During the AIDS epidemic, San Francisco SPCA volunteers
and their pets visited hospitals throughout the city.
By then I had been to the memorial quilt
laid out in the vast caverns of Moscone Center,
its glittery panels festooned with rainbows,
pink triangles, fancy fringed cowboy shirts,
tiaras, even a magic wand with streamers
and a star. People walked the edges
in a wobbly procession, reading names,
holding themselves, being held,
while boxes of tissues sat in the shadows
like chaplains with little to offer. By then
I had seen the young men, gaunt and weary,
as they rode the train to the Sunset District.
They gazed at the floor or out the windows
as lights came on, lovers found each other,
friends walked arm in arm to dinner.
But it wasn’t for them I went to the hospital.
I went for anyone who might be there. I went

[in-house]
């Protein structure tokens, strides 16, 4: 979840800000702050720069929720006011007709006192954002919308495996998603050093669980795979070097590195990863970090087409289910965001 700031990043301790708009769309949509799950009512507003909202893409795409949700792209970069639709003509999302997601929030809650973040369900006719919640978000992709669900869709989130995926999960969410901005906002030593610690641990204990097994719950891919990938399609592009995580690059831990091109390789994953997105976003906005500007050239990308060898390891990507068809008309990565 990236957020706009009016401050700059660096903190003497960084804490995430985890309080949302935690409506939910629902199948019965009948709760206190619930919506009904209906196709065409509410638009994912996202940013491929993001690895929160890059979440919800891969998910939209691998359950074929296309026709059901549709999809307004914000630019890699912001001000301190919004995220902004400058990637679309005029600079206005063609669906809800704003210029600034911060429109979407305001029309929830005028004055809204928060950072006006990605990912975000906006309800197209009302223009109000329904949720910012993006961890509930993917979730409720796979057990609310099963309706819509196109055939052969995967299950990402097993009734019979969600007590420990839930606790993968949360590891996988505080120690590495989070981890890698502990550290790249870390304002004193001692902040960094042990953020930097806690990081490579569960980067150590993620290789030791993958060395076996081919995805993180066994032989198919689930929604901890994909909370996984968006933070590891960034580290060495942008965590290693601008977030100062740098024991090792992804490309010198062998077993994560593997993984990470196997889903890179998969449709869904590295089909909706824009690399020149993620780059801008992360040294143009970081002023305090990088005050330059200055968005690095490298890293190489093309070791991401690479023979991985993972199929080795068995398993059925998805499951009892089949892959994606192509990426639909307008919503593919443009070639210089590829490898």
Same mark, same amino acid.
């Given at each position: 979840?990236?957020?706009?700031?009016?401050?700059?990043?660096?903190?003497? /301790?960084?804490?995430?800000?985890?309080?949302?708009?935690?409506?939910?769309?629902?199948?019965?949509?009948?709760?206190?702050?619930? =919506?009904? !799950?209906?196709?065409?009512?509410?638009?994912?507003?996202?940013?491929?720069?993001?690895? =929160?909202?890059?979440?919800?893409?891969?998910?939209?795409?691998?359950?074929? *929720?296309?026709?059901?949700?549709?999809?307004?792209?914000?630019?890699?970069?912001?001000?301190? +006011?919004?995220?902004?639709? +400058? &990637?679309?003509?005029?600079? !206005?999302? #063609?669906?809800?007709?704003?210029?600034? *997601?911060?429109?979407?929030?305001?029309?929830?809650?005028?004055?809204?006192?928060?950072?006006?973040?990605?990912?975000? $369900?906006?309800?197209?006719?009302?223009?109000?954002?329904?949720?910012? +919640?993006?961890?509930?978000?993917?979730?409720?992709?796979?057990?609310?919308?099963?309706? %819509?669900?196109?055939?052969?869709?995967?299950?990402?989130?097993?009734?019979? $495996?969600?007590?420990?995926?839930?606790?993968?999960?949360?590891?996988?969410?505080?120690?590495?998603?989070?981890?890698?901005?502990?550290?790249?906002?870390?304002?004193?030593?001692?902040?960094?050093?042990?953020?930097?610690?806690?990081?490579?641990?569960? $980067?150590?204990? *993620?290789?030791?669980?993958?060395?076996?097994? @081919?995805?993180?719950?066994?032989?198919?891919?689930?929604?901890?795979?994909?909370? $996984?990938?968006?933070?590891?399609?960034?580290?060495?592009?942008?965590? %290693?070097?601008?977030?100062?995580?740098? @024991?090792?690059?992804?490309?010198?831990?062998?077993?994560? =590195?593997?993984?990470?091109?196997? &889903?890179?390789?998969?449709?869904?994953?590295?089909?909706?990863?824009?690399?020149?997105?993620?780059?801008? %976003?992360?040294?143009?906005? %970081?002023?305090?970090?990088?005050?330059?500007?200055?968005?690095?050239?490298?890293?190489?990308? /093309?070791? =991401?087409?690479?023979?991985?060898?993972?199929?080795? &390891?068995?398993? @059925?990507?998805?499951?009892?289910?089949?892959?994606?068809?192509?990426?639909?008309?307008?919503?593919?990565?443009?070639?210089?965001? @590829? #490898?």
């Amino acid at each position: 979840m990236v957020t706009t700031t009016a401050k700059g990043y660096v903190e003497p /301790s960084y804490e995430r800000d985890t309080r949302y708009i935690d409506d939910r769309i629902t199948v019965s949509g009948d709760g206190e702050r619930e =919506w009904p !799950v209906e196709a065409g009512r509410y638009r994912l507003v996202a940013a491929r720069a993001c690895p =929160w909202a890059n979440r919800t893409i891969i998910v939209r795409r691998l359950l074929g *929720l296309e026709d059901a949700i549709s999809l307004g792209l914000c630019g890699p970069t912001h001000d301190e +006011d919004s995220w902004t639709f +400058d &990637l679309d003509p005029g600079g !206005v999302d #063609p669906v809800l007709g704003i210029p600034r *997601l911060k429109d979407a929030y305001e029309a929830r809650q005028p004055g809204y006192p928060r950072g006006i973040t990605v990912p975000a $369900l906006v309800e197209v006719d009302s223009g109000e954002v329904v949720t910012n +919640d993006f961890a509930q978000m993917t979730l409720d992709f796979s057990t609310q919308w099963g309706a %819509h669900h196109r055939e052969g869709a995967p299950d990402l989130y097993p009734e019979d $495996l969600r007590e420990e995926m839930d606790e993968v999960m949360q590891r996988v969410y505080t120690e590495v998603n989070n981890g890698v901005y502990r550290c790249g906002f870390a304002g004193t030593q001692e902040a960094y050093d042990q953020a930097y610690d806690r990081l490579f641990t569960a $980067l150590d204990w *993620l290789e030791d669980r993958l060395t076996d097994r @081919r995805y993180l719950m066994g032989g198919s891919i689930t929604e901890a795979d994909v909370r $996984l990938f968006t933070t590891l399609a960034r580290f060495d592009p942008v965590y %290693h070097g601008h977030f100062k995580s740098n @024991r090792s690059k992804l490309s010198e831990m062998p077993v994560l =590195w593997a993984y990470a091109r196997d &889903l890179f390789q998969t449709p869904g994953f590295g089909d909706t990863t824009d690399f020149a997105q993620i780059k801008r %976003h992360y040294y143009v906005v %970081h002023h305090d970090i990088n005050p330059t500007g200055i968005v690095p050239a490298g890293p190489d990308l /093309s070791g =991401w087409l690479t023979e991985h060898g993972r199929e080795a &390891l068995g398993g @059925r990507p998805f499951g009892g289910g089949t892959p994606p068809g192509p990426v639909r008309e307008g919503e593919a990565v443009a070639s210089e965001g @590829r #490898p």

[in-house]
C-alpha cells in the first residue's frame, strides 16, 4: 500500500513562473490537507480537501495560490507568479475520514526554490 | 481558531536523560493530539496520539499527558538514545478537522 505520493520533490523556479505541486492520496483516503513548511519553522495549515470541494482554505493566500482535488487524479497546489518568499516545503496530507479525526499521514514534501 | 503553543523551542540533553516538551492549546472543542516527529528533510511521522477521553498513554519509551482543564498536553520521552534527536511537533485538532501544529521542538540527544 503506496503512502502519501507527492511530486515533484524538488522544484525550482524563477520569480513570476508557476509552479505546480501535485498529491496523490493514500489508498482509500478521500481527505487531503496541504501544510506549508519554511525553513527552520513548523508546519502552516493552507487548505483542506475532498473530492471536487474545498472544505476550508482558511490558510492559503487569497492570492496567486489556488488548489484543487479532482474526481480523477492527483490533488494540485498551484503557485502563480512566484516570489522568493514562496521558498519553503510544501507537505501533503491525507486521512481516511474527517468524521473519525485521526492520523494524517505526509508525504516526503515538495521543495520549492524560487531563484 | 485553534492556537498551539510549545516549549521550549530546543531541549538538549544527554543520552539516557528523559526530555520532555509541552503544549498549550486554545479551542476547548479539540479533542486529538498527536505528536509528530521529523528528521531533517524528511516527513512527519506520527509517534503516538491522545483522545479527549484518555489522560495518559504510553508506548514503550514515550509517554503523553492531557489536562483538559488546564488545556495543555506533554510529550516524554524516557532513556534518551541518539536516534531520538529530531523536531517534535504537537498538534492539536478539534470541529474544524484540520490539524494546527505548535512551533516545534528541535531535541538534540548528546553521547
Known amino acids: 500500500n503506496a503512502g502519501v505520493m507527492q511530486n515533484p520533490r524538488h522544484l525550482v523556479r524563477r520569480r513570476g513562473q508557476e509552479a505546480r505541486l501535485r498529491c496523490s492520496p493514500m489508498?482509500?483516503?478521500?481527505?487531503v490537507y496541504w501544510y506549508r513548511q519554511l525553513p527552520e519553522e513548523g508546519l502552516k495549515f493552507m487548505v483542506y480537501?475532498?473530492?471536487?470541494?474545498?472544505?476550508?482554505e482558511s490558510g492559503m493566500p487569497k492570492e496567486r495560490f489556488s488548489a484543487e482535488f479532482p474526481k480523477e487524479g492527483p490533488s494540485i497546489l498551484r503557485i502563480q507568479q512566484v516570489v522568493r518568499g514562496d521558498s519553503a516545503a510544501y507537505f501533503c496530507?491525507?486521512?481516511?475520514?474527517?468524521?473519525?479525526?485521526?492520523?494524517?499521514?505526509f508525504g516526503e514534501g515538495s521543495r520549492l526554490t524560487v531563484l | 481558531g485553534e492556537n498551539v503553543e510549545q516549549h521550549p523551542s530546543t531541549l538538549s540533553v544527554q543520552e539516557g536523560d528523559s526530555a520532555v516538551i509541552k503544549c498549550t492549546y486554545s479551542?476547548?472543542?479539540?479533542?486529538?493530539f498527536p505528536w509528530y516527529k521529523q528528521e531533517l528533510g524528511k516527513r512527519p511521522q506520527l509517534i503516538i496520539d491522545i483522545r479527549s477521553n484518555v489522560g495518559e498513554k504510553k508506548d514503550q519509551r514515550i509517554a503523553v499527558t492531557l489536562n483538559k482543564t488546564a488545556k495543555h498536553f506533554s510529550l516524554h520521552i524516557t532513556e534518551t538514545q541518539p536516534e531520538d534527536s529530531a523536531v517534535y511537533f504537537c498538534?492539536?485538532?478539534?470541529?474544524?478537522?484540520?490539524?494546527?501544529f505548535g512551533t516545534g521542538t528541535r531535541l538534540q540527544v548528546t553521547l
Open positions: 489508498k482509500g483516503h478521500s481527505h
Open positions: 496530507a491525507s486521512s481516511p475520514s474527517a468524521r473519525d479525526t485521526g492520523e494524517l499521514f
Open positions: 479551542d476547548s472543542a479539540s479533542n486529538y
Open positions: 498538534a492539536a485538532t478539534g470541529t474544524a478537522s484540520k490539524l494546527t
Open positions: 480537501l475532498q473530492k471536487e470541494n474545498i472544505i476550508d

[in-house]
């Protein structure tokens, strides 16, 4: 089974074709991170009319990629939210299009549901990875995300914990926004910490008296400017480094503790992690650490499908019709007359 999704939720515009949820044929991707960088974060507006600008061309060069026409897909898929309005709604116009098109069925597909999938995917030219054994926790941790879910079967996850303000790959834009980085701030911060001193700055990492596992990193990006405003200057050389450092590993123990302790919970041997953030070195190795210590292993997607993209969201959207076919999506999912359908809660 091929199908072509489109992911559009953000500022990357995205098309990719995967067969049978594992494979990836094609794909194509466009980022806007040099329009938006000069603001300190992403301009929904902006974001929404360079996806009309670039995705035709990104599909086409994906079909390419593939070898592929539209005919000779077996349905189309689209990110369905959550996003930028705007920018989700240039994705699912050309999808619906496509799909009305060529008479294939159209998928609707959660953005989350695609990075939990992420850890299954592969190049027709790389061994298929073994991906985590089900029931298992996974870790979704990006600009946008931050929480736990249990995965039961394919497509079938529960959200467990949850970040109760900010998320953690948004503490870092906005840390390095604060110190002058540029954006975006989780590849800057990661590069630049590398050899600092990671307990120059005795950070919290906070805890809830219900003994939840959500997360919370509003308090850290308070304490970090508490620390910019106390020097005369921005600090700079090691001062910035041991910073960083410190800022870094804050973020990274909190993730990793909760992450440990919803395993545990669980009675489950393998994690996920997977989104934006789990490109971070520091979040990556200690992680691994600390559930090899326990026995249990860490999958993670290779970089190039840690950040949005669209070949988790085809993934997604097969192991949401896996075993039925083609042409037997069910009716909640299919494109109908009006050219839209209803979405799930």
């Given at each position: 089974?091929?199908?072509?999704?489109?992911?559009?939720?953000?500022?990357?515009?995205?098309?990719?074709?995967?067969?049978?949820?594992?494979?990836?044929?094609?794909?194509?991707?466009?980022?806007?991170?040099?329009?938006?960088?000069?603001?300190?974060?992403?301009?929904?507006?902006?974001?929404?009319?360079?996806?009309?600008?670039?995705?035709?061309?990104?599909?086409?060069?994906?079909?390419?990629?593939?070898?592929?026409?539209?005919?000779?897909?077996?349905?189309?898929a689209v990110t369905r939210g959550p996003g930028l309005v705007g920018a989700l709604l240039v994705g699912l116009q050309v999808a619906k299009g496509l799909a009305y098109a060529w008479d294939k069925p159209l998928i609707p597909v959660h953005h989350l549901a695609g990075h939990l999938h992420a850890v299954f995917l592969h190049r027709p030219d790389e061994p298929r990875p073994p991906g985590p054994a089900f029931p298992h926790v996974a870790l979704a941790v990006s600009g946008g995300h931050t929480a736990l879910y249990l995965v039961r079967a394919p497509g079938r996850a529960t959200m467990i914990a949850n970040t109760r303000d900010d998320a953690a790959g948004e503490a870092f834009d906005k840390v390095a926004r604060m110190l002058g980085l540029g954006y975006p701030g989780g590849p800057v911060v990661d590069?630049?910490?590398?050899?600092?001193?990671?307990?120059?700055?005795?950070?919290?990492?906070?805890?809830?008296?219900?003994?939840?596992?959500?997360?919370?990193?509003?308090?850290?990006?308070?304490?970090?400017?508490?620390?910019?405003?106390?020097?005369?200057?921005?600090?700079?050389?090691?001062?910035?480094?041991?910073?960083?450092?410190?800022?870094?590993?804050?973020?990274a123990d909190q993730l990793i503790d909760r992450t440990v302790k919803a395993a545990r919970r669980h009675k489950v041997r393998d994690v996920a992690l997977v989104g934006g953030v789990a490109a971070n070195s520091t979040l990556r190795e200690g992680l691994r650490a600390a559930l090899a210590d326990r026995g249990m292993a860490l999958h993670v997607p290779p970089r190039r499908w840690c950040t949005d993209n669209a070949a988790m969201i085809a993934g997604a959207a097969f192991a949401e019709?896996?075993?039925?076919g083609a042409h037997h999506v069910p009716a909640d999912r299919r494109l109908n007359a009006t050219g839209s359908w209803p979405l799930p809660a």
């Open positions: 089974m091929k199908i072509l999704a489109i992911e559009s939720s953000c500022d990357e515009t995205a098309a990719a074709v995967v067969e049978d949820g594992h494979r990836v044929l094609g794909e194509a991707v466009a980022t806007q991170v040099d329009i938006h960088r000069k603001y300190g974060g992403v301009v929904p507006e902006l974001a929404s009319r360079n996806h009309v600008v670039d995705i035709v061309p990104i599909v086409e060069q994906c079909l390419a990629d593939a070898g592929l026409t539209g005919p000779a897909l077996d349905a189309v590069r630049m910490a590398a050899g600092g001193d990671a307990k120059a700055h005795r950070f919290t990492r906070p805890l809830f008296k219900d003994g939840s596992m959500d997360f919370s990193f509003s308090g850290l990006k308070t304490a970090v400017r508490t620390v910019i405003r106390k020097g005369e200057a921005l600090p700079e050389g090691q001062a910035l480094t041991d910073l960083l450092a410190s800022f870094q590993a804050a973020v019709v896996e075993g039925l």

where they sent me, because I was weary
in a different way, and because I had a cat
named Butch, benevolent and fat, perfect
for the job. The nurse glanced up the hall
and led us to a locked ward. Nurses know
when doctors are out on rounds or napping
in the lounge. Nurses know what risk is
and what it is not. You don’t worry
about toxoplasmosis when hope is gone.
She left us in a room where a man lay
motionless on his back, his dark hair
boyish, his eyes clear, his smile frozen
yet radiant. His hands were as flat and stiff
as gloves lost to a storm, the bones
of his body a topographical map.
Butch squeezed through the bedrails,
settled his massive body against the frail one.
The man lifted his arms, skimmed his palms
over Butch’s fur. Between the ears. Down
the neck. Along the back. Over, over,
over. He never spoke, never took his eyes
away from mine. If you want to know
what I remember most about that time,
it would be that room: the three of us
ephemeral, eternal, holding each other,
being held in the incandescent emptiness
of the pink triangle I still carry.
Brett Warren is an editor whose poetry has been published in The Comstock Review, Green Fuse, Halfway Down the Stairs, Cape Cod Poetry Review, Unbroken, Right Hand Pointing, and Provincetown Magazine, among others. She holds a BA in English literature from the University of California, Santa Barbara, and lives in Massachusetts with her husband and two smart-alecky blind cats.